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POETRY Form and Function. ACADEMIC VOCABULARY. Structure. Poetic form : the way words are organized and patterned, including length and placement Arrangement of lines and stanzas Units of sound used Form is chosen to fit subject matter Line = single row of words on a page in a poem

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poetry form and function

POETRY Form and Function



Poetic form: the way words are organized and patterned, including length and placement

  • Arrangement of lines and stanzas
  • Units of sound used
  • Form is chosen to fit subject matter

Line = single row of words on a page in a poem

Stanza = a group of lines that form a unit of thought in a poem


Conventional/Traditional or Fixed form: poetry with set rules, such as number of lines, rhythm, and rhyme (sonnets)

Organic or Irregular form: poetry that takes shape freely because of the flow of content (free verse)

  • a 14-line poem with a specific rhyme scheme and meter
  • Commonly written in iambic pentameter
  • Stanza arrangement-
    • octaves (eight lines) and sestets (six lines)
    • quatrains (four lines) and couplets (two rhyming lines).
  • Most sonnets focus on love and deep subjects such as fate or immortality.

Traditional Form

devices used
Devices Used

Apostrophe: directly addressing an absent person, a nonhuman creature or object, or an abstract idea.

Hyperbole: exaggeration to convey strong emotions.

Extended Metaphor: long, elaborate comparison of two unlike things

Irony: contrasts of situations in which what is expected is not what actually occurs.

Paradox: seemingly impossible contradictions that turn out to be true.

Inverted Sentences: To maintain meter and rhyme scheme, poems sometimes use unusual word order. Punctuation may show slurred, omitted, or accented syllables.

  • A long narrative poem on a serious subject, presented in an elevated or formal style. (Fixed Form)
  • Traces the adventures of a great hero who embodies the culture.
  • Tells a Full Story: includes story elements (characters, setting, plot, and point of view)
  • Conveys universal themes or messages about important aspects of human nature i.e. good and evil, life and death, honor and loyalty.

Epic storyline examples:

    • a great battle between people or forces in conflict
    • a long journey involving of a quest or search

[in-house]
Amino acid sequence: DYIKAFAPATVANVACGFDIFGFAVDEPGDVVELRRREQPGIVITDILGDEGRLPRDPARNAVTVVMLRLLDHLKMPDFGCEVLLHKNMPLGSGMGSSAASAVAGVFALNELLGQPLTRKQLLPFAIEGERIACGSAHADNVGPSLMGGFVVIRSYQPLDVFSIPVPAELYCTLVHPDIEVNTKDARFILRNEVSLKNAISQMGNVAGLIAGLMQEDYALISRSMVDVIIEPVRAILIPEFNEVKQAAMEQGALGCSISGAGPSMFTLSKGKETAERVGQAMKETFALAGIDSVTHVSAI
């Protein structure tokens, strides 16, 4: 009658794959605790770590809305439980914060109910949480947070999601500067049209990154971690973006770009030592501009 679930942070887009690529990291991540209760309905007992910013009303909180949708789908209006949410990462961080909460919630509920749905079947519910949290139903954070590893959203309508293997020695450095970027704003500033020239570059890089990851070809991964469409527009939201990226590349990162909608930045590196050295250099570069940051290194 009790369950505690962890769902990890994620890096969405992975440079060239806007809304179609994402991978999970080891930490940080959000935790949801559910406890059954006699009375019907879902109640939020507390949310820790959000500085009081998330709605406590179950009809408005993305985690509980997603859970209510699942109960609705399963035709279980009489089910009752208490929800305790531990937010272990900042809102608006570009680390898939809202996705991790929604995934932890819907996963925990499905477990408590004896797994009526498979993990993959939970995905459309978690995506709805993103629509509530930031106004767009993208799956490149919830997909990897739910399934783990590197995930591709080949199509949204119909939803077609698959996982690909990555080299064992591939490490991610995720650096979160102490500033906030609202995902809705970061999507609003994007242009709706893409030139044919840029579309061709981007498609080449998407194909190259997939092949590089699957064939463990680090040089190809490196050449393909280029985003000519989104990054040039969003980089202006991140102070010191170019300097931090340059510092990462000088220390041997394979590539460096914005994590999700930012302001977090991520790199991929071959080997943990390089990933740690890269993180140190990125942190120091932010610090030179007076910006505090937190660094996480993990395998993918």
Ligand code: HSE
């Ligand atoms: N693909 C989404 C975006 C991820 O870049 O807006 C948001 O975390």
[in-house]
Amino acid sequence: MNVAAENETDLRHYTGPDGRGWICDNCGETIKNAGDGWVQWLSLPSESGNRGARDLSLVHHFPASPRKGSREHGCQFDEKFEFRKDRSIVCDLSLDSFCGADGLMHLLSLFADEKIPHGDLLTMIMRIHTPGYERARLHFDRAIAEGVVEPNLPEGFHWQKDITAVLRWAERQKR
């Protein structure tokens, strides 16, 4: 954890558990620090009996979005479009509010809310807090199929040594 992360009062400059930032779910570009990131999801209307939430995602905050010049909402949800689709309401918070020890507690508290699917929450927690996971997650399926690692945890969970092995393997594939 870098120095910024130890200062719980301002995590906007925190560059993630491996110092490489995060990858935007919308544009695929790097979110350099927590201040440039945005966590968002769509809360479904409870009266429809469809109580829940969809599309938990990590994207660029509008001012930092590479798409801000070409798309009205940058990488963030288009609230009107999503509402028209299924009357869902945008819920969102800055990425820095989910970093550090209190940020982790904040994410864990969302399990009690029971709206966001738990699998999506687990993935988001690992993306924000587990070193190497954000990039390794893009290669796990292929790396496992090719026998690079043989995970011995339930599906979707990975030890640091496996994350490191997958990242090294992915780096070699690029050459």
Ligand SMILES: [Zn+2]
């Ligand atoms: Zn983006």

• the coming-of-age of a young hero
epic traits
Epic Traits
  • Epic Hero: a figure of high social status and often of great historical or legendary importance.
    • actions often determine the fate of a nation or group of people.
    • performs exceedingly courageous, even superhuman, deeds that reflect the ideas and values of an era.
  • Supernatural Plot Elements: Complication by the actions of gods or mysterious, larger-than-life forces.
  • Large-Scale Setting-involves more than one nation.
  • Long, Formal Speeches-especiallyfor the main character.
  • Begins with an Invocation-calling upon a Muse or other help in telling the story.
  • Epic Similes -extended comparisons that continue for a number of lines and often relate heroic events to simple everyday events in people's lives.
  • Springs from Oral Tradition
traditional forms
Traditional Forms

Ballad: has meter, rhyme and repeated passages

  • Usually a type of narrative poem (tells a story or recounts events)
  • originally meant to be sung

Ode: a lyric poem (short, a single speaker expresses personal thoughts and feelings) of a serious or meditative nature that aims to elevate its subject


Odes tend to be longer poems but may take a variety of forms.

  • A Pindaric ode uses a three-stanza pattern in which the first two stanzas follow the same form and the third stanza is different; the three-stanza pattern may then be repeated to create odes of six stanzas, nine stanzas, and so on.
  • A Horatian ode uses one single stanza pattern.
  • Odes that use a variety of stanzas or no stanzas are called irregular odes
fixed forms
Fixed Forms
  • Elegy: a poem that reflects on death, or mourns the loss of someone or something
  • Villanelle: 19 lines arranged in 5 stanzas of 3 lines and 1 stanza of 4 lines including repeated lines
  • Blank Verse: unrhymed iambic pentameter
sound units
Sound Units